more westward migration than previously realized: 20-25% of transpacific species
may have migrated in that direction. Stronger eastbound than westbound
currents can account for this bias. Westward migrants have better developed
pelagic dispersal characteristics than many eastward migrants, suggesting that
westward migration is more difficult. Many westward migrants associate with
flotsam and flotsam-mediated migration is more likely to be westward. All
westward migrants occur at Hawai'i, but only about one-fifth of them at the
Marquesas. This bias may be due to: Hawai'i being a larger target and in the
path of most of the flotsam dispersal from the TEP; an eastward current that
impinges on the Marquesas, reducing westward arrivals; and most propagules
dispersing toward the tropical Marquesas originating in the temperate eastern
Pacific. However, the Hawaiian Islands also are much better sampled than the
Marquesas. Although the TEP reef-fish fauna may be depauperate relative to
that of the Indo-Malayan "center of diversity," it is as rich as the faunas of islands
on the western side of the EPB. Hence a preponderance of eastward migration
does not represent a response to a richness gradient across that barrier.
There is little evidence that a paucity of ecological groups in the native TEP
fauna is primarily responsible for the structure of the eastward-migrant fauna.
Rather, eastward migrants may simply represent a cross section of those in the
donor fauna, tempered by phylogenetic variation in dispersal ability. Because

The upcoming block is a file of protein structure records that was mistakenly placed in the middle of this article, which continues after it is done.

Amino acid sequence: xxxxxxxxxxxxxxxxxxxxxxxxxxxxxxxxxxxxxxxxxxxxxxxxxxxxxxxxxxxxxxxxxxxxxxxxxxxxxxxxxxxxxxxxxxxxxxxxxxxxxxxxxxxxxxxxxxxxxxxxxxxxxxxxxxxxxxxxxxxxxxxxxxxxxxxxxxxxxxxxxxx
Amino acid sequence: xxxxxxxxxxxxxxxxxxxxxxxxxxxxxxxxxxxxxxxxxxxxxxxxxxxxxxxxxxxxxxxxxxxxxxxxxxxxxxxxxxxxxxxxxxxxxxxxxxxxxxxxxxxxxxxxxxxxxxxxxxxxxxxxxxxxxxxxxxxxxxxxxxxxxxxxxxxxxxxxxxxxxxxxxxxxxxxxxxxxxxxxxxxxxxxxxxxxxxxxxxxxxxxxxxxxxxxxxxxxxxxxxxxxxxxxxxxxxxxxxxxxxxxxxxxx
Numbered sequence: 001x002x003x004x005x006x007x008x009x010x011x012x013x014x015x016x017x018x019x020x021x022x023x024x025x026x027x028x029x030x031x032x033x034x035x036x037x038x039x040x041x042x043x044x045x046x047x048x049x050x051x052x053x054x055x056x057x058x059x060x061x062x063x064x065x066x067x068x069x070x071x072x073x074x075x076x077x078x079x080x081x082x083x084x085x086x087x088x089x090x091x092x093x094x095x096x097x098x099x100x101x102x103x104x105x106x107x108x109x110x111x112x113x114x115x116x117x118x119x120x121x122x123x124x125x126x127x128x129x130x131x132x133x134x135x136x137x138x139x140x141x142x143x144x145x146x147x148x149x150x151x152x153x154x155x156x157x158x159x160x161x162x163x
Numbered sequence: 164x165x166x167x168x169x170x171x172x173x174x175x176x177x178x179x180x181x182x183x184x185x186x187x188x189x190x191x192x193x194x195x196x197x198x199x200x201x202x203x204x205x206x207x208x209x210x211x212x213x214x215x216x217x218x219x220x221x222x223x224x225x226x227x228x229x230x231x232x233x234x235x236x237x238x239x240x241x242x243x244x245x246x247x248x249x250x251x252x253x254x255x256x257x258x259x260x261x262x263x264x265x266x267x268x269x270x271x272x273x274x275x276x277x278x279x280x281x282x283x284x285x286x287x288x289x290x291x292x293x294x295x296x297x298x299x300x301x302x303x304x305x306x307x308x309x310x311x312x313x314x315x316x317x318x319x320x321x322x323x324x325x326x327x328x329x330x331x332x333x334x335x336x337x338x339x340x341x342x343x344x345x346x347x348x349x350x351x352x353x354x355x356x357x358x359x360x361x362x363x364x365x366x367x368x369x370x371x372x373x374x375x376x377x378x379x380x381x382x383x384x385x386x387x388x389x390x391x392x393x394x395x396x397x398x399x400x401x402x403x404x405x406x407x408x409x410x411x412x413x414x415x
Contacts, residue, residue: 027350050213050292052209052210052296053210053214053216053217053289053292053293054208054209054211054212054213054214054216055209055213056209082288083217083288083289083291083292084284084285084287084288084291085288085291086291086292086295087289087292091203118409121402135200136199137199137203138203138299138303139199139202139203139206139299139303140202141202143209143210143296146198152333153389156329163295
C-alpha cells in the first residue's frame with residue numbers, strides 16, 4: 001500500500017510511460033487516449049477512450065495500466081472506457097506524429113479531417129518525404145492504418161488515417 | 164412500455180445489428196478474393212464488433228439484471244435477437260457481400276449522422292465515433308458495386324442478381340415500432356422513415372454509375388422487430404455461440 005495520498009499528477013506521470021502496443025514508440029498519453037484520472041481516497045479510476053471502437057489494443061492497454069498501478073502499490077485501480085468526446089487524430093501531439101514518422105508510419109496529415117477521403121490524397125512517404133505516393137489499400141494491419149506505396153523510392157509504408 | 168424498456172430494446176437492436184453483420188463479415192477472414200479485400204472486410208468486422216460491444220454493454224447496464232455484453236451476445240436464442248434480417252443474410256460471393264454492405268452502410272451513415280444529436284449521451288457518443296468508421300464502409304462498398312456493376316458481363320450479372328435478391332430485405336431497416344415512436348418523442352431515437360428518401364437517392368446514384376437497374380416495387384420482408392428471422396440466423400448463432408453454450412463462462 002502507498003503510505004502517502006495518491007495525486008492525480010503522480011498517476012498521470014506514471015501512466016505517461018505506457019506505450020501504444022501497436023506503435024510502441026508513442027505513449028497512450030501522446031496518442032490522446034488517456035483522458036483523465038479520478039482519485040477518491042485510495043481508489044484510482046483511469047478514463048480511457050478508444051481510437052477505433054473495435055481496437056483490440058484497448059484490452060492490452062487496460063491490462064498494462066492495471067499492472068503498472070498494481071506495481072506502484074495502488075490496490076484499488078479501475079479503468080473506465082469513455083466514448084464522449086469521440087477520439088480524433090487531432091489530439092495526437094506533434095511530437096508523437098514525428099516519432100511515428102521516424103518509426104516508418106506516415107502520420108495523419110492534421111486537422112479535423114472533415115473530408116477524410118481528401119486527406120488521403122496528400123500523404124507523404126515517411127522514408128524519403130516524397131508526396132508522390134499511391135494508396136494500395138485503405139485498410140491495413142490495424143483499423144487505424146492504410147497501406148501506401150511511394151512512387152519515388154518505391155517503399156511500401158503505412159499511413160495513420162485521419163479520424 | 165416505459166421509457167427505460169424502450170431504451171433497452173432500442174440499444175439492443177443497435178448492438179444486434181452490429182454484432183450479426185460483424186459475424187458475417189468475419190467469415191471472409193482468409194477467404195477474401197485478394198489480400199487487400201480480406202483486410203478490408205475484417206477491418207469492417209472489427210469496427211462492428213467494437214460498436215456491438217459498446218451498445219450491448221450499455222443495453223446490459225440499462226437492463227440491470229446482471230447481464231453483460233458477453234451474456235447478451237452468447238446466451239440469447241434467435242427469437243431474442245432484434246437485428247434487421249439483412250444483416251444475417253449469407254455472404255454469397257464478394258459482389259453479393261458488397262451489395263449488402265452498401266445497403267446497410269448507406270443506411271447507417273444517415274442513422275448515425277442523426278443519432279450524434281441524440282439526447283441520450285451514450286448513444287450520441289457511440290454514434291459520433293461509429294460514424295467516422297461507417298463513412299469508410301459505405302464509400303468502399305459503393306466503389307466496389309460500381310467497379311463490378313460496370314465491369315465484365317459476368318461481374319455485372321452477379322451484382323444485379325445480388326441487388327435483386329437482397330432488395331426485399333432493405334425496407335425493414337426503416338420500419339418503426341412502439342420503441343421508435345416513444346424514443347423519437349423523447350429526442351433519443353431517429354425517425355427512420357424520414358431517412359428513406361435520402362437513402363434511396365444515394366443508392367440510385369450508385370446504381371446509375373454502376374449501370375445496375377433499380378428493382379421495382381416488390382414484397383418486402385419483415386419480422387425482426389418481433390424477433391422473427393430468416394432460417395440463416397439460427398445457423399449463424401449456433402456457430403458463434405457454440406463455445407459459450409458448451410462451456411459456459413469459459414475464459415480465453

few central Pacific fishes can live only on live corals and coral reefs, the rarity of
such reefs in the TEP is unlikely to strongly limit eastward migration. Differences
between oceanic and adjacent continental reef-fish faunas in the West
Pacific indicate that each is strongly tied to its respective habitat. Hence, the
rarity in the TEP of the (overwhelmingly) most abundant habitat present in the
central Pacific-tropical oceanic reefs-may strongly limit migration in both
directions across the EPB: there is little suitable habitat for eastward migrants in
the TEP and few suitable species and tiny source populations for westward migrants.
The global effects that oceanic/continental habitat differences have on
reef-fish biogeography need further assessment. Genetic data on ~18% of the
transpacific species indicate: that conspecific populations of oceanic species
(especially) and shore fishes are genetically well connected across the EPB; that
circumtropical taxa in the TEP include isolated isthmian relicts and recent
eastward migrants; that all five TEP species of one circumtropical genus (Thalassoma)
were derived by several eastward invasions after the closure of the
Isthmus of Panama; that some isolated Hawaiian central Pacific populations
were established by postisthmian invasion from the TEP; and that Indo-central
Pacific species unsuspectedly can co-occur with their endemic sibling sisters
in the TEP. Genetic data support distributional data that indicate a strong
preponderance of eastward migration across the EPB but also more westward
migration than previously thought. Future genetic studies should resolve
a question that distributional data cannot: how many widespread presumed
eastward-migrant transpacific species actually originated by westward migration
from the TEP?
Appears in Collections: Pacific Science Volume 58, Number 4, 2004